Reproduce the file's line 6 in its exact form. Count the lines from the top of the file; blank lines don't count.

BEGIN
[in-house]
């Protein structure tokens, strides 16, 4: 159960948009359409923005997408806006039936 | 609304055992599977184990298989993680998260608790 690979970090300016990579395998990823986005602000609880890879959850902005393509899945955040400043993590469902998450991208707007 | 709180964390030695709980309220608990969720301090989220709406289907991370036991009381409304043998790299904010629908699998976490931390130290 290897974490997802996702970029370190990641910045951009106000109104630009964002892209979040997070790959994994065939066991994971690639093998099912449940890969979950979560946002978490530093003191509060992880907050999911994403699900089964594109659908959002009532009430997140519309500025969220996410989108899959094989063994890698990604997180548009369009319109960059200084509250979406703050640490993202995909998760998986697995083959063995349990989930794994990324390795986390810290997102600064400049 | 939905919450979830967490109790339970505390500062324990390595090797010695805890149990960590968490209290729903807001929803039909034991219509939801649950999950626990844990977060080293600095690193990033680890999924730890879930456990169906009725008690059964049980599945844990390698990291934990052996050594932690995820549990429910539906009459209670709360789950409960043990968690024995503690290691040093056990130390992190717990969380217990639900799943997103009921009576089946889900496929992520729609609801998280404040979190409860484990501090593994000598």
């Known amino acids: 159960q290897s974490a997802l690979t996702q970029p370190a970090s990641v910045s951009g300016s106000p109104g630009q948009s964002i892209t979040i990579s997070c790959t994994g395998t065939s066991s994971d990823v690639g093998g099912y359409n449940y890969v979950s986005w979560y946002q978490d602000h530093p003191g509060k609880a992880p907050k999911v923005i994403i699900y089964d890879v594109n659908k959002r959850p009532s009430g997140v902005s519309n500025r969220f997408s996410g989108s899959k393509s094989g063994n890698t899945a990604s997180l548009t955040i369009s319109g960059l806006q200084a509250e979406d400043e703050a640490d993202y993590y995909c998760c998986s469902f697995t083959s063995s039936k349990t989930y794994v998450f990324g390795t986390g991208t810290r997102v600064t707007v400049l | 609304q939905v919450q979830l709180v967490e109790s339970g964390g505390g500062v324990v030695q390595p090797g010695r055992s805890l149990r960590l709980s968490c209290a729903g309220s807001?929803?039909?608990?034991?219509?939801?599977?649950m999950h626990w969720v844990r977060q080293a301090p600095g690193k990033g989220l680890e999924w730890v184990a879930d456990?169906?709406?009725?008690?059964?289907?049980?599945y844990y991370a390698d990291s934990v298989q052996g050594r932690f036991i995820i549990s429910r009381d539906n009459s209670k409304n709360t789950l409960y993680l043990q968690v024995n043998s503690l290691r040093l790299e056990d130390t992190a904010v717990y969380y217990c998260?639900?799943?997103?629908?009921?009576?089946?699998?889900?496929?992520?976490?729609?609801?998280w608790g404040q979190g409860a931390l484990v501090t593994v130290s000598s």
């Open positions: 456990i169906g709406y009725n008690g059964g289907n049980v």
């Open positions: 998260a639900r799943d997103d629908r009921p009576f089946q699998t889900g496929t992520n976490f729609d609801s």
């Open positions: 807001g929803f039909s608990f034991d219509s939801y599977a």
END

């Open positions: 807001g929803f039909s608990f034991d219509s939801y599977a």